Marfa's Newest Work of Public Art is a Solar-Powered Stonehenge

British artist Haroon Mizra's monumental public sculpture is a rare newcomer to a site identified with a single iconic artist—and lorded over by possessive ranchers.

Haroon Mizra, Rendering for stone circle, 2017. Courtesy of hrm199, Ballroom Marfa, and Lisson Gallery

In 1971, fed up with the flashy and overcrowded New York art scene, Donald Judd packed his bags and headed southwest to a small cowboy town named Marfa. Beneath the endless skies, Judd dreamed up an alternative strand of minimalism (notoriously, he despised the term) that eschewed the urban white cube for sublime desert surrounds. A half-century later, British artist Haroon Mirza is unveiling his own project in the same location.

Known for multimedia installations that blend properties of sound, space, and light in an nod to psychedelic and ambient aesthetics, Mizra has made another work that checks all the right boxes. An astrologically aligned ring of boulders clad in solar panels that absorb and release energy in correlation with the phases of the moon, stone circle blurs boundaries between genres and media. Sitting somewhere between ancient mysticism and contemporary technology, it performs both astrological and scientific functions.

stone circle, which opens officially in Winter 2018, is squirreled away about ten miles northwest of the city, at the end of a sloping municipal road. “You really have to go looking for it,” Matt Grant, lead preparator of Ballroom Marfa, told me. In collaboration with Mirza’s gallery, Lisson Gallery, Ballroom is responsible for this latest addition to Marfa’s public art offerings, which may seem surprisingly few and far between given the town's Judd-given status.

In fact, Mirza’s only precedent (excluding the work housed on the Judd-laden land that belongs to the Chinati Foundation) is Berlin duo Elmgreen & Dragset’s iconic Prada Marfa (2005), which was installed along the stretch of highway near Valentine, Texas (about 40 miles outside Marfa) over a decade prior. So why is public art such a rarity in what might seem like a perfectly sympathetic location? Ultimately, it’s not an issue of available space, but rather who owns it.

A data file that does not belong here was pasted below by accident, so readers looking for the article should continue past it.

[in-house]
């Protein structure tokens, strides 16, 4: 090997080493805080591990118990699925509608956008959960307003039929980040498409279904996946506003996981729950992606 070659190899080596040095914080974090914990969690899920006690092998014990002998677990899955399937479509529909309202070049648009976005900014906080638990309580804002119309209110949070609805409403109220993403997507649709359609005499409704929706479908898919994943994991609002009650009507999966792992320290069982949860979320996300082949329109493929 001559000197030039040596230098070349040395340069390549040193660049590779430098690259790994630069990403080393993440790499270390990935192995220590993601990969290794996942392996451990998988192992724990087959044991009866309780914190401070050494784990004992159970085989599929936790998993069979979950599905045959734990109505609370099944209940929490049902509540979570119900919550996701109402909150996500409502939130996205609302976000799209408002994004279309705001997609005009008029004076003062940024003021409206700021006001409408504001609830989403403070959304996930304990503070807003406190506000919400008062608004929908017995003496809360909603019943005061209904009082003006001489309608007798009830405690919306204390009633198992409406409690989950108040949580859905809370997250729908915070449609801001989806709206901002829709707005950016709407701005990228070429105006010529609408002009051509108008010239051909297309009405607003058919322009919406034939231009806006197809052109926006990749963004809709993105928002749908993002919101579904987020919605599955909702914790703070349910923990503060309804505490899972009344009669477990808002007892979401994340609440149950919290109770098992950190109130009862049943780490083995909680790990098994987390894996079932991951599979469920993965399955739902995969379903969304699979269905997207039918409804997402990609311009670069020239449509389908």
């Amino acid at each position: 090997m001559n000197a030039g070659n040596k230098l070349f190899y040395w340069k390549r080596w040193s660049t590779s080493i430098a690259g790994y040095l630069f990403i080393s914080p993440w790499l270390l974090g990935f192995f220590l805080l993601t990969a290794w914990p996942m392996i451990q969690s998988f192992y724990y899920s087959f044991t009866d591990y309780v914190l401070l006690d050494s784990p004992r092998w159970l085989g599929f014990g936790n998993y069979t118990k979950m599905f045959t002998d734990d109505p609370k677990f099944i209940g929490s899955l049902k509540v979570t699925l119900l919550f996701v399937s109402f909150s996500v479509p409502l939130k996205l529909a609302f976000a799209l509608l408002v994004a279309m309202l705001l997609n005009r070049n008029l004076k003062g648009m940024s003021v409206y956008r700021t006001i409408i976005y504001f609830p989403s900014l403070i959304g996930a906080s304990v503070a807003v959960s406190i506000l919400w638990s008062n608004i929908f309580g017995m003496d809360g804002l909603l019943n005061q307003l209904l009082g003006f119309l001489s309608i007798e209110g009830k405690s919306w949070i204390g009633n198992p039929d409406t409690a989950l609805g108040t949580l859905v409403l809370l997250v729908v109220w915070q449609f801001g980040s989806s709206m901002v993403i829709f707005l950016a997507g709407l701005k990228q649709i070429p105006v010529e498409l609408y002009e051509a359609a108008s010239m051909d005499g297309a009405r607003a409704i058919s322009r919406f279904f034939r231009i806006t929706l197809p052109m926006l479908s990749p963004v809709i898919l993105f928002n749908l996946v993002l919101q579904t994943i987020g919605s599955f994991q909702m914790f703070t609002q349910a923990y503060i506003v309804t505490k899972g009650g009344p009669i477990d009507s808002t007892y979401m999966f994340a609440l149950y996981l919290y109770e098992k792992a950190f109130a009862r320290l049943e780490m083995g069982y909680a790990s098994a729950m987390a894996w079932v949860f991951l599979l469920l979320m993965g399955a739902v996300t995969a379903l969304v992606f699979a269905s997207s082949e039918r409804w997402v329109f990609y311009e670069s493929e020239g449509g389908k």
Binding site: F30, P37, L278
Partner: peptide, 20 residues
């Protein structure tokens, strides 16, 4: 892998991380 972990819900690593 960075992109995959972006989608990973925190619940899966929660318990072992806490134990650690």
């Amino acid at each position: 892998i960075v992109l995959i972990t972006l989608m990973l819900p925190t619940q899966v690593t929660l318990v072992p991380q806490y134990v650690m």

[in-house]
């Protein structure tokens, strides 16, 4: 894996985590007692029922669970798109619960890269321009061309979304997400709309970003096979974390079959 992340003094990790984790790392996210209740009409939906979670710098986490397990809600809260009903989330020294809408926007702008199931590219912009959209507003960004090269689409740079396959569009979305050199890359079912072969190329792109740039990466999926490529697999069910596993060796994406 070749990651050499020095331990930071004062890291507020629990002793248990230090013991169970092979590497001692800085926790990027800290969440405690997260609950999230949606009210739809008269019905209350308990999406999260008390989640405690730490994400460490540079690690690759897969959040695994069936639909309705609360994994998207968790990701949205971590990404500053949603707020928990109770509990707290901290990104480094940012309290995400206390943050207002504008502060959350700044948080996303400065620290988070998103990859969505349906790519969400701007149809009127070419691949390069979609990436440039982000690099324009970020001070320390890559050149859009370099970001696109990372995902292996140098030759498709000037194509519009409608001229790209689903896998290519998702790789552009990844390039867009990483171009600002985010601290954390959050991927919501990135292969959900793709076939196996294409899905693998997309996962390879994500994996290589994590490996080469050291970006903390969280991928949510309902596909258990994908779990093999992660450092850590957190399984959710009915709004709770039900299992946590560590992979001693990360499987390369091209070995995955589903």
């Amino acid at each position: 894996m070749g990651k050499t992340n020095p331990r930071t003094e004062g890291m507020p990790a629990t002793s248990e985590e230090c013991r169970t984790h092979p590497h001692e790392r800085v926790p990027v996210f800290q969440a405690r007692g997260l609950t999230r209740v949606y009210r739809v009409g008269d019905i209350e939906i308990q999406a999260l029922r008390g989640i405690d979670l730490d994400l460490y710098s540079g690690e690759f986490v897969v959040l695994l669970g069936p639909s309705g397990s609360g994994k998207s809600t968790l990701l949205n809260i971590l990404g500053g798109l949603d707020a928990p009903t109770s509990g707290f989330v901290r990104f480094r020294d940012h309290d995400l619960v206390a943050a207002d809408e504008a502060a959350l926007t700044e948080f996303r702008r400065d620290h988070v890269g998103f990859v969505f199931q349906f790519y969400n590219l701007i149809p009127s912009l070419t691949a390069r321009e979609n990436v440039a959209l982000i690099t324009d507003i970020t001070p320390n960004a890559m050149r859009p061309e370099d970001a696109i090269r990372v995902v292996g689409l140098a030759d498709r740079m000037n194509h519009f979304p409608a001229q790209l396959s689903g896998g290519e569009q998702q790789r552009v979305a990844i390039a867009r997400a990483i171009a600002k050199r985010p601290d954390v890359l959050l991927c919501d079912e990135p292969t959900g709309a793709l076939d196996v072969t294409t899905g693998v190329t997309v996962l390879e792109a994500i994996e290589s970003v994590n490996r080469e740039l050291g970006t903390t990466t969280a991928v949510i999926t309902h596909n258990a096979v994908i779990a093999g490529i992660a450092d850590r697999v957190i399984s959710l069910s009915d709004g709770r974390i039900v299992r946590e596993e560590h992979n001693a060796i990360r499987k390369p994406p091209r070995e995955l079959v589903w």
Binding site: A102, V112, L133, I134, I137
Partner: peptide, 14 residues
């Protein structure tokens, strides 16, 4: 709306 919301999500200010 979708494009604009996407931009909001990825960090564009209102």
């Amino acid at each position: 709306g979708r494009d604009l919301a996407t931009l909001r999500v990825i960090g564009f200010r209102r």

Elmgreen & Dragsett, Prada Marfa, 2005. Photo by James Evans, courtesy of Lisson Gallery

“Unlike much of the United States, land in Texas is mostly privately owned,” confirmed Grant. This makes public projects like stone circle and Prada Marfa tough to negotiate and realize. “Ballroom managed to strike a deal with the ranchers through a family connection,” he told me. Good for the next five years, the longer-term life of Mirza’s installation may depend on its ability to attract tourists; if it fails to attract an influx on par with Prada Marfa (modest and rather specialized as even that may be), it may simply melt into desert mirage.

So what did the cowboy curators see in Mirza’s work? Perhaps they were tickled by stone circle­’s otherworldly air, with its imported Mexican boulders “appearing,” in Mizra’s words, “inexplicably, like a crop circle.” And did Marfa’s serendipitous rebrand as the art world’s desert outpost come into play? Grant’s response was equal parts mysterious and prosaic: “I can’t say exactly, but we’re not going to deny they’ll profit hugely off of this.”

stone circle will open in Winter 2018 and remain on view for the following five years.